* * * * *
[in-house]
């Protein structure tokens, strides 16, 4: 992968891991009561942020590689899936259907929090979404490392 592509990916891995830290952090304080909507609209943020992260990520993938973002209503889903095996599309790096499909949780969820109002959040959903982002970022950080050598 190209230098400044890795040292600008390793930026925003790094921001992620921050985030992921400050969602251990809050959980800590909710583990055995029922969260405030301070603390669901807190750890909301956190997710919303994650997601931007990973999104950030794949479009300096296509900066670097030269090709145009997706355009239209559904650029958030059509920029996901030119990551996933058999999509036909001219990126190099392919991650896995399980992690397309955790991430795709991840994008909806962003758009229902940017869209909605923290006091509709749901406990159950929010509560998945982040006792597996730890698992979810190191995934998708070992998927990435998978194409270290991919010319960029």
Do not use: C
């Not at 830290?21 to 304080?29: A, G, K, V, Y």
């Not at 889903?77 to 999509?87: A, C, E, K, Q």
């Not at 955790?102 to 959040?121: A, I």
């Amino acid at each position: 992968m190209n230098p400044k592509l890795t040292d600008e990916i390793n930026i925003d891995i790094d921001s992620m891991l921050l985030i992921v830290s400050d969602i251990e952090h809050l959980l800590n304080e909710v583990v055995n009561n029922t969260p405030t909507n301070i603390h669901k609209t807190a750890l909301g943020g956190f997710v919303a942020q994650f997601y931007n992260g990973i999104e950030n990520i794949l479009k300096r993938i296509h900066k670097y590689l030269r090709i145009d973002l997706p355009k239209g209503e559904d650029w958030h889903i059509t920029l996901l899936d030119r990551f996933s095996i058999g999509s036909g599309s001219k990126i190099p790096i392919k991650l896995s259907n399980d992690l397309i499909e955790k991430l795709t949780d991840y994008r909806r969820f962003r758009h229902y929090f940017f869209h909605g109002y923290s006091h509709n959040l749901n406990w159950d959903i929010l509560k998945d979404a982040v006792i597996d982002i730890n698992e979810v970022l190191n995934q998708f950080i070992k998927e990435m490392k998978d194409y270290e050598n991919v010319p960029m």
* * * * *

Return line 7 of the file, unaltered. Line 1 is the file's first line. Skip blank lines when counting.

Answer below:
């Amino acid at each position: 992968m190209n230098p400044k592509l890795t040292d600008e990916i390793n930026i925003d891995i790094d921001s992620m891991l921050l985030i992921v830290s400050d969602i251990e952090h809050l959980l800590n304080e909710v583990v055995n009561n029922t969260p405030t909507n301070i603390h669901k609209t807190a750890l909301g943020g956190f997710v919303a942020q994650f997601y931007n992260g990973i999104e950030n990520i794949l479009k300096r993938i296509h900066k670097y590689l030269r090709i145009d973002l997706p355009k239209g209503e559904d650029w958030h889903i059509t920029l996901l899936d030119r990551f996933s095996i058999g999509s036909g599309s001219k990126i190099p790096i392919k991650l896995s259907n399980d992690l397309i499909e955790k991430l795709t949780d991840y994008r909806r969820f962003r758009h229902y929090f940017f869209h909605g109002y923290s006091h509709n959040l749901n406990w159950d959903i929010l509560k998945d979404a982040v006792i597996d982002i730890n698992e979810v970022l190191n995934q998708f950080i070992k998927e990435m490392k998978d194409y270290e050598n991919v010319p960029m």